A NEW ash cloud erupting from the Icelandic volcano has endangered plans to reopen British airspace.
Major carriers had planned to operate long haul departures and short haul flights scheduled to fly after 7pm in a bid to help stranded passengers. But last night hopes faded as a ferocious new blast of volcanic ash drifted south towards the UK.
British Airways (BA) remained hopeful it would resume some flights tonight as planned. Virgin Atlantic said it plans to operate some of its London flights today but will wait for further notice from the aviation authorities.
EasyJet is also monitoring the situation and said there is a possibility it could resume some flight service, while Ryanair flights remain cancelled until Wednesday.
Airlines have seen revenue plummet during the chaos, with BA estimating that it has been hit with between £15-20m a day in passenger revenue losses, while easyJet has lost £5m a day in revenue.
As a result, a growing number of airlines have started to apply increasing pressure on the government to provide financial support as they continue to see their businesses suffer.
The British Air Transport Association (BATA), of which BA is a member, has written a letter to transport secretary Lord Adonis stressing the critical nature of the situation facing the public and the industry.
The airline body, which also counts Air Southwest, BMI, DHL, flybe, Jet2.com, Monarch, Thomas Cook, Thomson Airways and Virgin Atlantic as members, asked the government to stand behind the industry financially and called for the repatriation of stranded travellers.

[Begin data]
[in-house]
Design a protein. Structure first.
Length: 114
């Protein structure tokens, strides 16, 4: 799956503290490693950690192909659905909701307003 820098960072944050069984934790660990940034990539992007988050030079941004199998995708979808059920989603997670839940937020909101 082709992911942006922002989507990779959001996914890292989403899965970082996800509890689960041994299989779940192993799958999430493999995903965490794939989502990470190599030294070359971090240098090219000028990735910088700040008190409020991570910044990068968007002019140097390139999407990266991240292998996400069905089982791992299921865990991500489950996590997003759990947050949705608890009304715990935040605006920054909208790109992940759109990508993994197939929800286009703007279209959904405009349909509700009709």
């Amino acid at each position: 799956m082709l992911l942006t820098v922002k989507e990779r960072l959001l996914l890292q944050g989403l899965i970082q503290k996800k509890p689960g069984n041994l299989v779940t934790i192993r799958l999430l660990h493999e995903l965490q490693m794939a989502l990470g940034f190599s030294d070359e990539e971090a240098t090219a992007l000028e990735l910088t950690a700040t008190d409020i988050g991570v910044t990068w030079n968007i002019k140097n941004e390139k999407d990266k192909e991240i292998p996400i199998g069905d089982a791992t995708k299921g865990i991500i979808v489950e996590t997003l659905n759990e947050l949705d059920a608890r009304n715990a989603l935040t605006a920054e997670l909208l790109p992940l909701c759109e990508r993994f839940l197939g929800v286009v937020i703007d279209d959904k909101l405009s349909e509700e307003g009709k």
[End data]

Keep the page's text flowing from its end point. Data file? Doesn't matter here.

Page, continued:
After holding emergency meetings at Number 10, Gordon Brown initiated a plan to use the Royal Navy to help stranded British passengers, deploying two Navy ships to help with the relief effort.
NATS announced last night that the situation is worsening in some areas. It is understood that London’s airports will be allowed to reopen this evening but NATS said the situation is liable to change overnight. Scotland’s airports may reopen this morning.
Meanwhile, Lufthansa has been granted permission to fly again by the German authorities and Air France will fly eight long haul flights out of regional airports. Spanish carrier Iberia will also resume some flight service.